Paul, I am so sorry you ended back the ER with chest pains. Isn’t it amazing how long it takes to see the Cardiologist? People die waiting for an appt. to a specialist but they don’t seem to take patients that have been to the ER meaning that it was an emergency. When do you see your cardio? Hope it is soon. I waited 3 wks to see mine, finally yesterday, he went over the results of my holter and event monitors. All he said is continue on the medication and maybe I will need a pace maker as my heart beats very irregular and that is the only way to put it back to rhythm. You hang in there Paul, I know it is scary but we will be praying for you.
I have a cardiologist apt on Feb 20th. I’m almost certain he will suggest the catheter ablation. The only thing that worries me about the procedure is having to lie still for that long (4-6 hrs). I know I will think about it too much and then the panic sets in. I’ve heard they can drug you up depending on how nervous/anxious your are so I’ll be asking for the maximum
BTW, my new Dr (2nd in 4 months) is quitting his practice and working at a hospital so I have an apt with a new Dr on Monday and I’ll be asking about LADA. Hopefully third time will be lucky and she will know what LADA is and maybe have me tested. So far 2 Dr have said no!
Paul, I started having SVT episodes about 5-6 years ago. This is long before I was diagnosed with diabetes (just diagnosed 10/08/09). Usually my heart rate will immediately jump to 180 - 190 beats per minute but the episodes usually end after a minute or two. I have learned to stop them sooner by either taking about 3 -4 very deep breathes or by acting like I am defecating. So, seldom do my episodes last more than a minute now.
What I have determined is that I get these episodes under two conditions. If I have too much caffeine, I get them. Now, I am talking a lot of caffeine. I am not a coffee drinker but I do drink a lot of tea. My last episode in December, I had probably 7-8 glasses of tea and because I had a headache due to neck muscle pain, I took two excedrin migraine (which are very high in caffeine) and in the middle of the night, around 4am, it hit me. In fact, all of my episodes have happened either while laying down at home or at my desk at work. The other condition is when my electrolytes are out of whack due to too much caffeine and too much sodium. I had one episode while eating an entire bag of Salt and Vinegar chips (yes, this was before my diagnosis of diabetes :)). I had two 20 oz bottles of Coke and ate the whole bag of chips. I laid down on the couch to what football and bam, episode.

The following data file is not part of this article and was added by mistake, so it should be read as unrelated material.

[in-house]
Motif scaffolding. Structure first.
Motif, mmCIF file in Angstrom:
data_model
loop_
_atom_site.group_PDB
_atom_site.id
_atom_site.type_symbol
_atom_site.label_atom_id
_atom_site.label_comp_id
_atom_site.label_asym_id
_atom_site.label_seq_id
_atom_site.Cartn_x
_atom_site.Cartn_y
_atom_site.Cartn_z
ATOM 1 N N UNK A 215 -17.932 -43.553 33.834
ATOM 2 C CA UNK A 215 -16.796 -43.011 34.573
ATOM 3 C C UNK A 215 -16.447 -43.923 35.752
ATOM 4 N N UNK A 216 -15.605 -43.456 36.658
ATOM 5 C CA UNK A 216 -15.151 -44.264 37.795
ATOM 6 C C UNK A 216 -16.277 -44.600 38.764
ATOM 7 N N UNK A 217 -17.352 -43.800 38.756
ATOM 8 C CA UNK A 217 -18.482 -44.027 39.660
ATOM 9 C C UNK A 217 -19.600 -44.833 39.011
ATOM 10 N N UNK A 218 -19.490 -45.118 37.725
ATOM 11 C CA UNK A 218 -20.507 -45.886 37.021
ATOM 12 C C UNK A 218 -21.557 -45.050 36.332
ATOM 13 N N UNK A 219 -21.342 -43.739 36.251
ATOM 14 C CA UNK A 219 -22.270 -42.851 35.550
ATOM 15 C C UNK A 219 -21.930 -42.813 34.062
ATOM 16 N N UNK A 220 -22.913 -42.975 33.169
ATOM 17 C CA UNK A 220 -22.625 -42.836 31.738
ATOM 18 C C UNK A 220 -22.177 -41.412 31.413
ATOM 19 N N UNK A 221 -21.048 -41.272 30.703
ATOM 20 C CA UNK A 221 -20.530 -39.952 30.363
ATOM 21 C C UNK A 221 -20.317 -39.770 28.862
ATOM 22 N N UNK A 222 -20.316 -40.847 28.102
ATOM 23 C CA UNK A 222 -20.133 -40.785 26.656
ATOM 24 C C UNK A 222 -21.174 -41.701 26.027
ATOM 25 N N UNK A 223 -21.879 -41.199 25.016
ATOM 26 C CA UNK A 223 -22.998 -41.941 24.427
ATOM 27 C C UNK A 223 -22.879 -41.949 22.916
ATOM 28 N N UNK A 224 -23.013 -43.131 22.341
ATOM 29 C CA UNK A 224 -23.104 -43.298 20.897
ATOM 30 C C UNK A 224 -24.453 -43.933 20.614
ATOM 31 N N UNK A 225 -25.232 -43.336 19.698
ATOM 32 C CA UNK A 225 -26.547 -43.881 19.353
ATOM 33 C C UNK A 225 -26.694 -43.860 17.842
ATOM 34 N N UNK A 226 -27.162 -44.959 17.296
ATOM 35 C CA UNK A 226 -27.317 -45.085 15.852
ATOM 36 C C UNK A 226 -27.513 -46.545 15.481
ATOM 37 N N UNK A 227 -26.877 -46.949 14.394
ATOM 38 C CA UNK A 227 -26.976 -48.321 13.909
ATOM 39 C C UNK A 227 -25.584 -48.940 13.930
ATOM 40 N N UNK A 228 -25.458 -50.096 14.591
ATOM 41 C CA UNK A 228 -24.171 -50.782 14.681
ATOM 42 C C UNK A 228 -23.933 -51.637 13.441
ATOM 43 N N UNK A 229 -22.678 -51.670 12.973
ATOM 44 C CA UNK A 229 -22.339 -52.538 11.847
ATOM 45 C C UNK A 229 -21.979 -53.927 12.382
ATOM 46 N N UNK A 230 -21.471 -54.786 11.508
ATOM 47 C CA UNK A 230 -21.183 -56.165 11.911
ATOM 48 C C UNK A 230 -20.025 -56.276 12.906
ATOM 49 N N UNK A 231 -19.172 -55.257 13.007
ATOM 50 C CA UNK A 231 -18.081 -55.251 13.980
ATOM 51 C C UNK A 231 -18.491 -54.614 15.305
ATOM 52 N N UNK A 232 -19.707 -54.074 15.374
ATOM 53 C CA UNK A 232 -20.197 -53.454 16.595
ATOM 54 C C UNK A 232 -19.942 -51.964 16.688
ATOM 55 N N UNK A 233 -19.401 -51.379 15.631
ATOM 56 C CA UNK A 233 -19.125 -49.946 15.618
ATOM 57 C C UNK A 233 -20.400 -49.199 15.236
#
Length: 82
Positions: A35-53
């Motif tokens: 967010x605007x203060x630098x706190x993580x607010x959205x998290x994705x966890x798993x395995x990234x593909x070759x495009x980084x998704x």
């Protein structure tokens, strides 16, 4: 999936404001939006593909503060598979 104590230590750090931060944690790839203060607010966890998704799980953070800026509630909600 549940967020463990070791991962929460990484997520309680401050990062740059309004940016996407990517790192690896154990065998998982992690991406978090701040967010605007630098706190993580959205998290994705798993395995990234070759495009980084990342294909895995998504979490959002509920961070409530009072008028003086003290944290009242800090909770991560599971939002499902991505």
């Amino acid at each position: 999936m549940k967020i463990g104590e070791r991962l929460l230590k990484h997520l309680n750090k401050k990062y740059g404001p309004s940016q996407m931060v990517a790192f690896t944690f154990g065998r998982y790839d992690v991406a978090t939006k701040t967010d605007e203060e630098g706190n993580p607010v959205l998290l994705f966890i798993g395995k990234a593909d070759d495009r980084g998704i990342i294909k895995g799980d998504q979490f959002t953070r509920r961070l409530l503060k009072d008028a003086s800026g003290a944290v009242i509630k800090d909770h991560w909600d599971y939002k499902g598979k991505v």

I usually go a very long time between episodes. In fact, prior to my episode this past December, I hadn’t had one in almost 2.5 years.
If yours are lasting more than a couple of minutes, you probably will need the catheter ablation. If they don’t, you might want to try what I have done (I did find out about these methods of stopping it by doing some research on the internet about SVT). From all of the research I have found and with talking with a cardiologist, SVT usually is not harmful and you can live a normal life with it and there are some things you can do to keep the episodes from happening. They are very scary though so I totally understand but it has helped me a lot to know that I can stop them pretty quickly after they start. I fortunately have not had to go to the emergency room. From what you posted about your ER experience, yours seems severe enough to need either medications or the ablation.
I wish you well and hopefully something will be done to keep you from experiencing SVT again. After I have an episode, it takes me a couple of weeks to mentally get over it. I feel like I am on the verge constantly but I know it is just in my mind.
Wow, 7-8 glasses of tea!!! I think my heart would be popping out of my chest if I had that much! I’ve tried to convert the episodes with certain maneuvers but it has always been unsuccessful. This most recent visit to the ER my heart was peaking at 200-220 but 2.5 years earlier it was peaking at 240-250
I haven’t had caffeine in about 2.5 years and guess what, its been 2.5 years since my last episode. I know the caffeine is a trigger for me and we have recently been having decaf coffee every morning so I’m going to have to investigate whether that little amount is the cause?
I know my cardiologist will recommend the ablation because the last time I saw him he said the success rate for my type of SVT is the easiest to correct. It still doesn’t make me feel any better knowing they are going to stick a tube in my groin and push it all the way to my heart and ZAP a piece of it
Thanks for your comment and take care… Paul